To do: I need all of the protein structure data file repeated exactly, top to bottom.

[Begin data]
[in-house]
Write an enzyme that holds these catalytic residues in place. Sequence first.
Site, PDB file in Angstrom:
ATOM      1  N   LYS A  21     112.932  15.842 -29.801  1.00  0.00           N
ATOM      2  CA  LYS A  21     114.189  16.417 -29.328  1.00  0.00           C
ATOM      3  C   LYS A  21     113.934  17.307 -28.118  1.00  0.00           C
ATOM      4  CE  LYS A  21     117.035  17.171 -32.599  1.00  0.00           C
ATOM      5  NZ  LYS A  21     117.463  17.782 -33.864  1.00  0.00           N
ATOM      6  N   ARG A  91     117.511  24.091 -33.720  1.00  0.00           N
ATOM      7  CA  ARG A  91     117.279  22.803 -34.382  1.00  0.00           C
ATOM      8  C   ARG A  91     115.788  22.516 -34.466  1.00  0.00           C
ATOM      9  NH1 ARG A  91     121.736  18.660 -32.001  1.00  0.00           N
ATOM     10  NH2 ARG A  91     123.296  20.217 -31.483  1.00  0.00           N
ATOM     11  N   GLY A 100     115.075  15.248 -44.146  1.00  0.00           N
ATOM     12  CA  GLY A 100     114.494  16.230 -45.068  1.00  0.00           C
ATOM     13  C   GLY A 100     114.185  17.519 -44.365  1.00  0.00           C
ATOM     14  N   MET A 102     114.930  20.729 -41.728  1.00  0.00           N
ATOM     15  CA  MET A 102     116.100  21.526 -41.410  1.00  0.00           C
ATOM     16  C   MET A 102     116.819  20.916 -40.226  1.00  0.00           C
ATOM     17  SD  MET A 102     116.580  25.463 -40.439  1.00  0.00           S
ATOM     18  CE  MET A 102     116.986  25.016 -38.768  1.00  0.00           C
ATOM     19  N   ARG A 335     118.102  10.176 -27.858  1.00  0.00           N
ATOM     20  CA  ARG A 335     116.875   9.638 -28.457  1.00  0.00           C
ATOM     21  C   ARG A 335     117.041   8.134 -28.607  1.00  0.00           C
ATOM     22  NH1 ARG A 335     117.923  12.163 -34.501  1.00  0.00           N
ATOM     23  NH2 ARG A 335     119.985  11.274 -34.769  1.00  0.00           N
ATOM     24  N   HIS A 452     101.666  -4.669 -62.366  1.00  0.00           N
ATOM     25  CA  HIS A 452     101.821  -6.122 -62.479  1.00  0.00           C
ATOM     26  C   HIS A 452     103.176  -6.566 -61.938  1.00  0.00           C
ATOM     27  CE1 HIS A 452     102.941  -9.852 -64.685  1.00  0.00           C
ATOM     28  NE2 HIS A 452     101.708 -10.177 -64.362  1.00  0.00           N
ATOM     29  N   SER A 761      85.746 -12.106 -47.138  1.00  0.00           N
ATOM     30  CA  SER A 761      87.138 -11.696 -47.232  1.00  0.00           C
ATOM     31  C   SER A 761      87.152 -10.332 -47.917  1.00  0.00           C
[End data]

[in-house]
Write an enzyme that holds these catalytic residues in place. Sequence first.
Site, PDB file in Angstrom:
ATOM      1  N   LYS A  21     112.932  15.842 -29.801  1.00  0.00           N
ATOM      2  CA  LYS A  21     114.189  16.417 -29.328  1.00  0.00           C
ATOM      3  C   LYS A  21     113.934  17.307 -28.118  1.00  0.00           C
ATOM      4  CE  LYS A  21     117.035  17.171 -32.599  1.00  0.00           C
ATOM      5  NZ  LYS A  21     117.463  17.782 -33.864  1.00  0.00           N
ATOM      6  N   ARG A  91     117.511  24.091 -33.720  1.00  0.00           N
ATOM      7  CA  ARG A  91     117.279  22.803 -34.382  1.00  0.00           C
ATOM      8  C   ARG A  91     115.788  22.516 -34.466  1.00  0.00           C
ATOM      9  NH1 ARG A  91     121.736  18.660 -32.001  1.00  0.00           N
ATOM     10  NH2 ARG A  91     123.296  20.217 -31.483  1.00  0.00           N
ATOM     11  N   GLY A 100     115.075  15.248 -44.146  1.00  0.00           N
ATOM     12  CA  GLY A 100     114.494  16.230 -45.068  1.00  0.00           C
ATOM     13  C   GLY A 100     114.185  17.519 -44.365  1.00  0.00           C
ATOM     14  N   MET A 102     114.930  20.729 -41.728  1.00  0.00           N
ATOM     15  CA  MET A 102     116.100  21.526 -41.410  1.00  0.00           C
ATOM     16  C   MET A 102     116.819  20.916 -40.226  1.00  0.00           C
ATOM     17  SD  MET A 102     116.580  25.463 -40.439  1.00  0.00           S
ATOM     18  CE  MET A 102     116.986  25.016 -38.768  1.00  0.00           C
ATOM     19  N   ARG A 335     118.102  10.176 -27.858  1.00  0.00           N
ATOM     20  CA  ARG A 335     116.875   9.638 -28.457  1.00  0.00           C
ATOM     21  C   ARG A 335     117.041   8.134 -28.607  1.00  0.00           C
ATOM     22  NH1 ARG A 335     117.923  12.163 -34.501  1.00  0.00           N
ATOM     23  NH2 ARG A 335     119.985  11.274 -34.769  1.00  0.00           N
ATOM     24  N   HIS A 452     101.666  -4.669 -62.366  1.00  0.00           N
ATOM     25  CA  HIS A 452     101.821  -6.122 -62.479  1.00  0.00           C
ATOM     26  C   HIS A 452     103.176  -6.566 -61.938  1.00  0.00           C
ATOM     27  CE1 HIS A 452     102.941  -9.852 -64.685  1.00  0.00           C
ATOM     28  NE2 HIS A 452     101.708 -10.177 -64.362  1.00  0.00           N
ATOM     29  N   SER A 761      85.746 -12.106 -47.138  1.00  0.00           N
ATOM     30  CA  SER A 761      87.138 -11.696 -47.232  1.00  0.00           C
ATOM     31  C   SER A 761      87.152 -10.332 -47.917  1.00  0.00           C